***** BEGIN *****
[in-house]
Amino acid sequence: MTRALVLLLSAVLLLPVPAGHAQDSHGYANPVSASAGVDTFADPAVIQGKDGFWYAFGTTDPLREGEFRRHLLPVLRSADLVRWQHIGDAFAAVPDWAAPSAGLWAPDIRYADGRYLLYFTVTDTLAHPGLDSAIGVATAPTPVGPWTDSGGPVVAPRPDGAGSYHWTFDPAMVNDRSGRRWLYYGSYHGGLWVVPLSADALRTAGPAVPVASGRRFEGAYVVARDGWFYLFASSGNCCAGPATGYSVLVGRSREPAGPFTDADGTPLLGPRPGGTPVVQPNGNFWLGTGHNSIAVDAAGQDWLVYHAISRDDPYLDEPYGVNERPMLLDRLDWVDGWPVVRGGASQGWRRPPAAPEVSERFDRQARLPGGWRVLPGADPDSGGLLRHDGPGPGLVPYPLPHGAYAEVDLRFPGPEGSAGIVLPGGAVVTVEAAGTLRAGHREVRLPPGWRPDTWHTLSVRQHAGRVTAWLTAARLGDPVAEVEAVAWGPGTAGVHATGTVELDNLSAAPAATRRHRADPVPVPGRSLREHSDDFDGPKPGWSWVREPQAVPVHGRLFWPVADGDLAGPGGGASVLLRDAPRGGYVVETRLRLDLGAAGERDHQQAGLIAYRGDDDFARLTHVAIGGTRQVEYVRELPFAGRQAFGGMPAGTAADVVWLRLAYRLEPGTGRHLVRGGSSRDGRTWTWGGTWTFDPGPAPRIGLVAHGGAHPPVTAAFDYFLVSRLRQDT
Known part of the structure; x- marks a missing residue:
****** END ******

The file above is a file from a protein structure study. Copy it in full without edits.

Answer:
[in-house]
Amino acid sequence: MTRALVLLLSAVLLLPVPAGHAQDSHGYANPVSASAGVDTFADPAVIQGKDGFWYAFGTTDPLREGEFRRHLLPVLRSADLVRWQHIGDAFAAVPDWAAPSAGLWAPDIRYADGRYLLYFTVTDTLAHPGLDSAIGVATAPTPVGPWTDSGGPVVAPRPDGAGSYHWTFDPAMVNDRSGRRWLYYGSYHGGLWVVPLSADALRTAGPAVPVASGRRFEGAYVVARDGWFYLFASSGNCCAGPATGYSVLVGRSREPAGPFTDADGTPLLGPRPGGTPVVQPNGNFWLGTGHNSIAVDAAGQDWLVYHAISRDDPYLDEPYGVNERPMLLDRLDWVDGWPVVRGGASQGWRRPPAAPEVSERFDRQARLPGGWRVLPGADPDSGGLLRHDGPGPGLVPYPLPHGAYAEVDLRFPGPEGSAGIVLPGGAVVTVEAAGTLRAGHREVRLPPGWRPDTWHTLSVRQHAGRVTAWLTAARLGDPVAEVEAVAWGPGTAGVHATGTVELDNLSAAPAATRRHRADPVPVPGRSLREHSDDFDGPKPGWSWVREPQAVPVHGRLFWPVADGDLAGPGGGASVLLRDAPRGGYVVETRLRLDLGAAGERDHQQAGLIAYRGDDDFARLTHVAIGGTRQVEYVRELPFAGRQAFGGMPAGTAADVVWLRLAYRLEPGTGRHLVRGGSSRDGRTWTWGGTWTFDPGPAPRIGLVAHGGAHPPVTAAFDYFLVSRLRQDT
Known part of the structure; x- marks a missing residue: